much space, and strangers crowd with each other without
apologizing. People are usually not in line, and pushing
through a waiting group is not unfair.
Friends greet different in the north and in the
south. In the south, you greet friends of the same sex
with a handshake, often with your left hand over your
heart. The opposite sex is often ignored. Older women
and female relatives often kiss on the cheek while
shaking hands. Men often use the Arabic greeting phrase
assalom aleikum. In the north, greetings are
shorter, and only the men shake hands with each other.
Assalom aleikum is used only by younger men to the
elderly, as a form of deep respect.
The Kyrgyz greet each other every day when they come
to work. Men shake hands with each other, while women
kiss each other on both cheeks.
When you are invited to someone's home, you are happy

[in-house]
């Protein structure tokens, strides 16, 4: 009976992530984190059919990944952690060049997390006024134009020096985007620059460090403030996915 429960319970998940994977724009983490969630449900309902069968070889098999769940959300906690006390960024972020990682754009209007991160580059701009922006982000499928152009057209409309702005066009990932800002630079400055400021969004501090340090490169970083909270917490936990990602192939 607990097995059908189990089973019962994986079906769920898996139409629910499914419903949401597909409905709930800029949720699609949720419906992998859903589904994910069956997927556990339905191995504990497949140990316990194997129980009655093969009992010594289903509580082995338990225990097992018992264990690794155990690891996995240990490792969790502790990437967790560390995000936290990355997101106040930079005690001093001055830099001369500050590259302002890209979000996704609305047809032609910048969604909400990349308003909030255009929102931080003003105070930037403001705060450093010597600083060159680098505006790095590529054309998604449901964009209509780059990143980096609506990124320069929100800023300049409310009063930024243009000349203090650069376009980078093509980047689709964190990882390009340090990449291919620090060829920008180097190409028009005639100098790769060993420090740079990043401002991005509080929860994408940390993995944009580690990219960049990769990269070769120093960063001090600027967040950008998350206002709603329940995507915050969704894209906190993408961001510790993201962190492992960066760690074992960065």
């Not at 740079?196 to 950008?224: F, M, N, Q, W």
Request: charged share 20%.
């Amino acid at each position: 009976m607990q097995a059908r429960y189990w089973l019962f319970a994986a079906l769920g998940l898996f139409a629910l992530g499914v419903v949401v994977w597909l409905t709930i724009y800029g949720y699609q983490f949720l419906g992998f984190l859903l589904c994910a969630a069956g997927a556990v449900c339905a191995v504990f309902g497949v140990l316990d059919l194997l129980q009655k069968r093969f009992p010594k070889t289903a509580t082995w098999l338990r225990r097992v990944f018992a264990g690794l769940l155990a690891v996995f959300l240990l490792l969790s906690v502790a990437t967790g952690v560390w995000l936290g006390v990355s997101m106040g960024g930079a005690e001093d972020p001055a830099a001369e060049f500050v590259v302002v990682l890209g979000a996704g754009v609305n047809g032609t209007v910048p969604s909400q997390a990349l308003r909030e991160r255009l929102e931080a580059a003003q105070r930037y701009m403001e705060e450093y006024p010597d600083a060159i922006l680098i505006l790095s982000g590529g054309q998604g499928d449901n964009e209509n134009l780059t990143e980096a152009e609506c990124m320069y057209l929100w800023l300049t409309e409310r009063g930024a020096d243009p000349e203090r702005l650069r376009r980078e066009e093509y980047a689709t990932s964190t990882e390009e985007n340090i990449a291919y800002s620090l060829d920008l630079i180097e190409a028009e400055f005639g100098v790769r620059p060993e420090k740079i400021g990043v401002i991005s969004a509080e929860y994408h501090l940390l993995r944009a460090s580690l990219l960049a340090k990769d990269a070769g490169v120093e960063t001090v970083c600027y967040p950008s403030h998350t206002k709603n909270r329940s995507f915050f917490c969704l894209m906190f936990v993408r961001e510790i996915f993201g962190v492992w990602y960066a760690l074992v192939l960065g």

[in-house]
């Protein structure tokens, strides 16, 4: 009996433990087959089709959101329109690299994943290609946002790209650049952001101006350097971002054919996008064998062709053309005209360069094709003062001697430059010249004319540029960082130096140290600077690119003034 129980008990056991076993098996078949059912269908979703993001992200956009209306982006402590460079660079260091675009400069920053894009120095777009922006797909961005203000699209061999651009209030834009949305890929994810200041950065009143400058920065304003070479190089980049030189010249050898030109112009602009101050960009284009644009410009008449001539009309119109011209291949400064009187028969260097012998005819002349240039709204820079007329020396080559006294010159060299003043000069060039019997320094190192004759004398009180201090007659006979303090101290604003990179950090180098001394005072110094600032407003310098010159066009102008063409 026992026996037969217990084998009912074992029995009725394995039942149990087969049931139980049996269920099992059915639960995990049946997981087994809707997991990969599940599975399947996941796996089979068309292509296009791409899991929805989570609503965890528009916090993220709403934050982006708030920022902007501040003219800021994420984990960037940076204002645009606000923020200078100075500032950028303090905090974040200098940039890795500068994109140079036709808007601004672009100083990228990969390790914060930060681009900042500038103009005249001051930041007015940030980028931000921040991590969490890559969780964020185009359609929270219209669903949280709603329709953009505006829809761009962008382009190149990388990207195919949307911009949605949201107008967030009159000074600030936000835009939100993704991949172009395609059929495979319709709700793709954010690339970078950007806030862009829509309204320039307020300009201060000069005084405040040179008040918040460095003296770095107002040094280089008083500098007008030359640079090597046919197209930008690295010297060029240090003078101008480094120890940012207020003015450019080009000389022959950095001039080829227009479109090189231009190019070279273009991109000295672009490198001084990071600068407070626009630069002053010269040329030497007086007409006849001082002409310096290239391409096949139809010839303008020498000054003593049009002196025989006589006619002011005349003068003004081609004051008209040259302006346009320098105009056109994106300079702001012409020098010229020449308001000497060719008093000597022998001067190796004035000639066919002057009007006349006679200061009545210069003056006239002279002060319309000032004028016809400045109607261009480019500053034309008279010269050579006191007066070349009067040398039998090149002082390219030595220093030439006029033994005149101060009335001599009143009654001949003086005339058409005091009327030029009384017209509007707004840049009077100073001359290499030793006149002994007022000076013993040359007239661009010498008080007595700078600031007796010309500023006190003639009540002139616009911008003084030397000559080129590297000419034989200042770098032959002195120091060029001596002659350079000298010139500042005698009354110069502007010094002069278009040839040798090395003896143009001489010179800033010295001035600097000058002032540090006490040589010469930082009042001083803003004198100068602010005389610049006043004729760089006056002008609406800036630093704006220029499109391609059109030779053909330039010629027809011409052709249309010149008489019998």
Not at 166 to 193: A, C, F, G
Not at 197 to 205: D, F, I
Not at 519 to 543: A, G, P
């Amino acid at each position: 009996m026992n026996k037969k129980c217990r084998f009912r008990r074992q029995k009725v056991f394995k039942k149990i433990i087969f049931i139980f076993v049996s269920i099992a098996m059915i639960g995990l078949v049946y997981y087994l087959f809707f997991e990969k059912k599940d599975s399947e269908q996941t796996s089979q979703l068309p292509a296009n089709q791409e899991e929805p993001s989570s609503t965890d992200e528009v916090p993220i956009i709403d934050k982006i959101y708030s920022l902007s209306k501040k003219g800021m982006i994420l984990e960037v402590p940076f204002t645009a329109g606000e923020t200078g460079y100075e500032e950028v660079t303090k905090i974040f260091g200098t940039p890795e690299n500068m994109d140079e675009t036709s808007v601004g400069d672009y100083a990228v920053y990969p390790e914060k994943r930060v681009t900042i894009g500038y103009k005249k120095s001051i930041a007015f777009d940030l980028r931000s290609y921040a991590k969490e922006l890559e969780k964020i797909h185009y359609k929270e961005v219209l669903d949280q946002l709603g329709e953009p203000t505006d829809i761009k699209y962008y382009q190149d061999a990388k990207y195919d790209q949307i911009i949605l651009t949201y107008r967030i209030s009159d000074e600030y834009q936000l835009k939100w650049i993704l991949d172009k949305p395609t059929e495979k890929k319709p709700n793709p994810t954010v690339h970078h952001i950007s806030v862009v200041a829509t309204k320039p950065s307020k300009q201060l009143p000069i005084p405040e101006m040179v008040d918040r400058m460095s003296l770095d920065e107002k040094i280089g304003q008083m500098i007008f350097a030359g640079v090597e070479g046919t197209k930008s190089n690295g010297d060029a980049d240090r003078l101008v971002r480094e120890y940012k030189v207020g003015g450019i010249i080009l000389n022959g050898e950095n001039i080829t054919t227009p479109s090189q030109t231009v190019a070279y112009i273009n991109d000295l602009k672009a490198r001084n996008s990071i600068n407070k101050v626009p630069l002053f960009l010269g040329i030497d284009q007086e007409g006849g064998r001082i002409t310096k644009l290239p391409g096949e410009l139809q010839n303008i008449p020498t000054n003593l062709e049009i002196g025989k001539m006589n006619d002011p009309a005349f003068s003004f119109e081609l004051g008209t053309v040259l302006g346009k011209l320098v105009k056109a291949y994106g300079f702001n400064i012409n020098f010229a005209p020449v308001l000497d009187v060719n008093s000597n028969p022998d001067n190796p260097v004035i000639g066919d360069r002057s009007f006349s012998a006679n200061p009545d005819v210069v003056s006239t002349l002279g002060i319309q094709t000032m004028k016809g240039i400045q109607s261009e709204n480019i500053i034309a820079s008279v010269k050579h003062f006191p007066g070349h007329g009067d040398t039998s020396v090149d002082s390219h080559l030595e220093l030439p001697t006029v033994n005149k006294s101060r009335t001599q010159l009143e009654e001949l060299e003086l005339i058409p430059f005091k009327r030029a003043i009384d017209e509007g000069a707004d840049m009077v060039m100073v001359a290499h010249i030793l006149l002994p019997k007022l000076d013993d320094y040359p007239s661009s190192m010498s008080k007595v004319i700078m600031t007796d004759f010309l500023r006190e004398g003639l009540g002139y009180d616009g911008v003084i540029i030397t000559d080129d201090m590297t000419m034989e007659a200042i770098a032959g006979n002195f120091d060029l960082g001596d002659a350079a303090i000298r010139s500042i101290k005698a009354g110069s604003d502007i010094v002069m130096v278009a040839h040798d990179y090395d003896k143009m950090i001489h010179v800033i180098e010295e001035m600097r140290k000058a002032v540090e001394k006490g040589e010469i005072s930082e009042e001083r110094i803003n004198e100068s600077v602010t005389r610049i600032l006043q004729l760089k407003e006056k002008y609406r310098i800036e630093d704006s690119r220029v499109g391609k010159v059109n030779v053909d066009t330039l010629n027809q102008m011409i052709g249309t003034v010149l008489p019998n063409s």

to bring a small gift, perhaps a cake, a bottle of vodka
or brandy, fruit or something to the children. When you
enter someone's house you are offered tea and usually
bread and jam, and it is impolite to refuse this
You usually take off your shoes at the entrance, and
in the country you often sit on the floor around a
tablecloth or on a mat around the food. Do not step on
the cloth when there is food on it. Men are served
first. Several dishes and plenty of food are common and
guests should preferably eat as much as possible. It is
usually not offensive to shout at people.
A person's status is evident from the place he or she
has at the table or table. Men and women usually sit on
each side, with the oldest and most respected in the
place of honor at the farthest door. The host or hostess
sits closest to the door.